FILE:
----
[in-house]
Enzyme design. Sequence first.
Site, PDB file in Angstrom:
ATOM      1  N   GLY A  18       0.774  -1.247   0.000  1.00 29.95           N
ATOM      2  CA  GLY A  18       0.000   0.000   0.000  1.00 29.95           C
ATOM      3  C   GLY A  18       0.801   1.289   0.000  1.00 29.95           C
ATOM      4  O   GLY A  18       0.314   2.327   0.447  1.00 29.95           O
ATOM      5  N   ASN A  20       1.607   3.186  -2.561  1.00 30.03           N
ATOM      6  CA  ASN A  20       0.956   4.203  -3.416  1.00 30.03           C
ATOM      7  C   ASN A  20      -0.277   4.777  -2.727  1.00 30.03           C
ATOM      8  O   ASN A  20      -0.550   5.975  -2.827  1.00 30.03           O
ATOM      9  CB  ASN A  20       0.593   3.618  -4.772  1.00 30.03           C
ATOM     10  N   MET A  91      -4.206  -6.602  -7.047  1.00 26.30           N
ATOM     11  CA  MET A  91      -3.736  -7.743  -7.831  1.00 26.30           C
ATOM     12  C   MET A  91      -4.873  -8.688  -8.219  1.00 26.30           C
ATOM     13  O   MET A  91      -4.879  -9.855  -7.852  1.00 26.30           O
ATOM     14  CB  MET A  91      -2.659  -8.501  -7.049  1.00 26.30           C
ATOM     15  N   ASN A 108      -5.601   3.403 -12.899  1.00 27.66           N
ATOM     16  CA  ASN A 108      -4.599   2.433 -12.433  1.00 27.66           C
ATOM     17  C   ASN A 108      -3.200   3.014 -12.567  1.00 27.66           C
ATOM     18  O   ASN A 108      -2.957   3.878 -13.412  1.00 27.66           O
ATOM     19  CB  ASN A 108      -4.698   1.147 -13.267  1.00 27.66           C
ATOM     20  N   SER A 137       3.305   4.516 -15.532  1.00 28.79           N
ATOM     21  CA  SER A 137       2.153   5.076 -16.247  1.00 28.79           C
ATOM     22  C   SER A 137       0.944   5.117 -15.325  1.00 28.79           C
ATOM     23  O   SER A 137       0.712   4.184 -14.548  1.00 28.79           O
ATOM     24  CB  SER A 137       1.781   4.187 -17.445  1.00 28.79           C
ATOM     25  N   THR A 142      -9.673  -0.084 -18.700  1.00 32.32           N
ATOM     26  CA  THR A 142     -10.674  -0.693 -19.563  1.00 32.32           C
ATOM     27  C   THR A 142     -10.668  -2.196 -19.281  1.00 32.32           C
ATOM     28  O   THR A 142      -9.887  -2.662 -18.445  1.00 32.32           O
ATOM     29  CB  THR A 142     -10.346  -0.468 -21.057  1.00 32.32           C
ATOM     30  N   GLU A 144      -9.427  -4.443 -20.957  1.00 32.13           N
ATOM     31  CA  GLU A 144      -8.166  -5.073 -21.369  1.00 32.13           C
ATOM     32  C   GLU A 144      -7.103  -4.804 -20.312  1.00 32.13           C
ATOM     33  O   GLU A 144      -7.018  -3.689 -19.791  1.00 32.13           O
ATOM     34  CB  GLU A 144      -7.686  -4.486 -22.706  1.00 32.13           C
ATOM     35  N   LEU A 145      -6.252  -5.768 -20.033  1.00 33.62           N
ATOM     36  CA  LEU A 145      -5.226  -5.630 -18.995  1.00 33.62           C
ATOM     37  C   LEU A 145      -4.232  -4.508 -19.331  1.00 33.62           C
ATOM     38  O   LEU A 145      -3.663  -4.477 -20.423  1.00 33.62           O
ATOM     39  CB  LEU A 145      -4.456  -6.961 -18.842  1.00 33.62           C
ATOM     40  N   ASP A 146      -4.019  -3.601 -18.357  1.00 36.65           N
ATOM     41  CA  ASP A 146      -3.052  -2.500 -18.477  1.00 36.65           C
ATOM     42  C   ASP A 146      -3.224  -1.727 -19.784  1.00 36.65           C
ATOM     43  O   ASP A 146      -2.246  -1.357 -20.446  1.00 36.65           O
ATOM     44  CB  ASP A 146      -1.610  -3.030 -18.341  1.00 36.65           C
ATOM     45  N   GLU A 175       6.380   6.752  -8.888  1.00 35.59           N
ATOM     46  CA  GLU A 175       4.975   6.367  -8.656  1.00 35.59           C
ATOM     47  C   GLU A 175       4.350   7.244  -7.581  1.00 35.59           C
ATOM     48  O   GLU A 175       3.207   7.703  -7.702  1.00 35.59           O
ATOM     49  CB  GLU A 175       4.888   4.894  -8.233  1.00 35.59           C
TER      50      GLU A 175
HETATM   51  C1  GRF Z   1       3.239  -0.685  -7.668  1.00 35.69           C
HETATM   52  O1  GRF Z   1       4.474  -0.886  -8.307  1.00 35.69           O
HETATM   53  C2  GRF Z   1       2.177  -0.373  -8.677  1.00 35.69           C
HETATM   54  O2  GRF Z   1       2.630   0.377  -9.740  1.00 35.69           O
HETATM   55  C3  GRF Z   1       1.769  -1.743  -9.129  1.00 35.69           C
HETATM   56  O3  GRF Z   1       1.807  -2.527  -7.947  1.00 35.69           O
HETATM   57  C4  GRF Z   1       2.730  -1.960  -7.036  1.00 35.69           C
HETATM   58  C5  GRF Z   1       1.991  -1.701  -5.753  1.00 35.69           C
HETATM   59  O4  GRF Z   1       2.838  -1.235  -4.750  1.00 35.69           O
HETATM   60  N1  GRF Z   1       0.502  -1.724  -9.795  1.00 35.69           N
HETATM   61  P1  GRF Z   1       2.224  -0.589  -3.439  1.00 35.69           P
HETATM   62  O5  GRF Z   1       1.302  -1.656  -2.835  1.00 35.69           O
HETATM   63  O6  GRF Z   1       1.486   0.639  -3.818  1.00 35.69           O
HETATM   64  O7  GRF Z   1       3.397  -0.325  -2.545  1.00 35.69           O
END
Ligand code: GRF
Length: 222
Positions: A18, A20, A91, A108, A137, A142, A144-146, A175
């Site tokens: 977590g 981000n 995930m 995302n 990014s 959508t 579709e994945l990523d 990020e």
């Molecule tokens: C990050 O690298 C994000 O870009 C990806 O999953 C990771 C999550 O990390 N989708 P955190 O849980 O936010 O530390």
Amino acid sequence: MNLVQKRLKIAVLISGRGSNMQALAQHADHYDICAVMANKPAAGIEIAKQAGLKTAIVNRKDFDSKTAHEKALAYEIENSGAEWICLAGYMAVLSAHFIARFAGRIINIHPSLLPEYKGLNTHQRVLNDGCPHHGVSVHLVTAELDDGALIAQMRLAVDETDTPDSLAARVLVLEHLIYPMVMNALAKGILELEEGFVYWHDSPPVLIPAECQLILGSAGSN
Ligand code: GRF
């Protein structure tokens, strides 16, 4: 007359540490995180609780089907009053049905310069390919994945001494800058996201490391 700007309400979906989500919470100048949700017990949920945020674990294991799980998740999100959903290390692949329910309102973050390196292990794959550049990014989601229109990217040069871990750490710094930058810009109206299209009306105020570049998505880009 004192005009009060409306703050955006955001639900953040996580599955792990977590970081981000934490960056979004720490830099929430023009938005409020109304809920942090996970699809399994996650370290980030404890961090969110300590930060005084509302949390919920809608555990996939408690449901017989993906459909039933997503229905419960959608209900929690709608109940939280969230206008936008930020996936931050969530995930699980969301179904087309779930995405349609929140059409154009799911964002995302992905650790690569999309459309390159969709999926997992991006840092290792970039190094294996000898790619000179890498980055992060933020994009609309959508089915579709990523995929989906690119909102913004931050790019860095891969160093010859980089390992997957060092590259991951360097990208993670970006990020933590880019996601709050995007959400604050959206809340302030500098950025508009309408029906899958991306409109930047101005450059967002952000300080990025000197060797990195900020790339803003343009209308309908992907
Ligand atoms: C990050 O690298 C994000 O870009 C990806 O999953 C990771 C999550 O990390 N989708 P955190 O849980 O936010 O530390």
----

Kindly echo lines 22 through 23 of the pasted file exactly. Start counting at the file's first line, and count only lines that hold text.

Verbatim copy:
ATOM     19  CB  ASN A 108      -4.698   1.147 -13.267  1.00 27.66           C
ATOM     20  N   SER A 137       3.305   4.516 -15.532  1.00 28.79           N